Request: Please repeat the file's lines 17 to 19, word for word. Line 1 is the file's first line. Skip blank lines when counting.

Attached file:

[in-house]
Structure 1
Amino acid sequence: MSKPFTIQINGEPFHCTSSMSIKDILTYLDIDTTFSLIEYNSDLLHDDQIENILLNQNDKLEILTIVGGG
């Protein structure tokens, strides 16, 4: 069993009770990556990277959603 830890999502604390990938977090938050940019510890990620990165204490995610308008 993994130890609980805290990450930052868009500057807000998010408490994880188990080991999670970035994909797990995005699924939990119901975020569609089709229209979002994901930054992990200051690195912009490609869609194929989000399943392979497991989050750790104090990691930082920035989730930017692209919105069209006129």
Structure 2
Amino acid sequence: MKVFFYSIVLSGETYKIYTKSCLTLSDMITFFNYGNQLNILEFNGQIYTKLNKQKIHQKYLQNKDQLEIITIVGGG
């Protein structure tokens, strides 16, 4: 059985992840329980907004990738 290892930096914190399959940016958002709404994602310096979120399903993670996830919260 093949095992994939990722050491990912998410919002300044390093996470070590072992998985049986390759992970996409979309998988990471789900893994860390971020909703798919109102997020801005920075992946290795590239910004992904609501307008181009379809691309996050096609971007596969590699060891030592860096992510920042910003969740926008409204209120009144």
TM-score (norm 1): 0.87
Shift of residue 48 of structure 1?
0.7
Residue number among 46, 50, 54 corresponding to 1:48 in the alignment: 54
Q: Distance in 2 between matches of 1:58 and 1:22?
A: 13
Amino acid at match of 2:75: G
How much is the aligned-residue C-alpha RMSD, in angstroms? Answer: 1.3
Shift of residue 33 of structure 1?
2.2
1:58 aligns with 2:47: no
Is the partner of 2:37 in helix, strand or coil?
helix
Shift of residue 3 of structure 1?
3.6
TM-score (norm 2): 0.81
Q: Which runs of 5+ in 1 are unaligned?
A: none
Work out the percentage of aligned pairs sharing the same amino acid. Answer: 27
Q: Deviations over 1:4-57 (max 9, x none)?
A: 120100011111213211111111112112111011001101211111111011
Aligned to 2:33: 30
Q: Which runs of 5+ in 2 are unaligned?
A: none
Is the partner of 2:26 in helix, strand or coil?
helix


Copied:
2.2
1:58 aligns with 2:47: no
Is the partner of 2:37 in helix, strand or coil?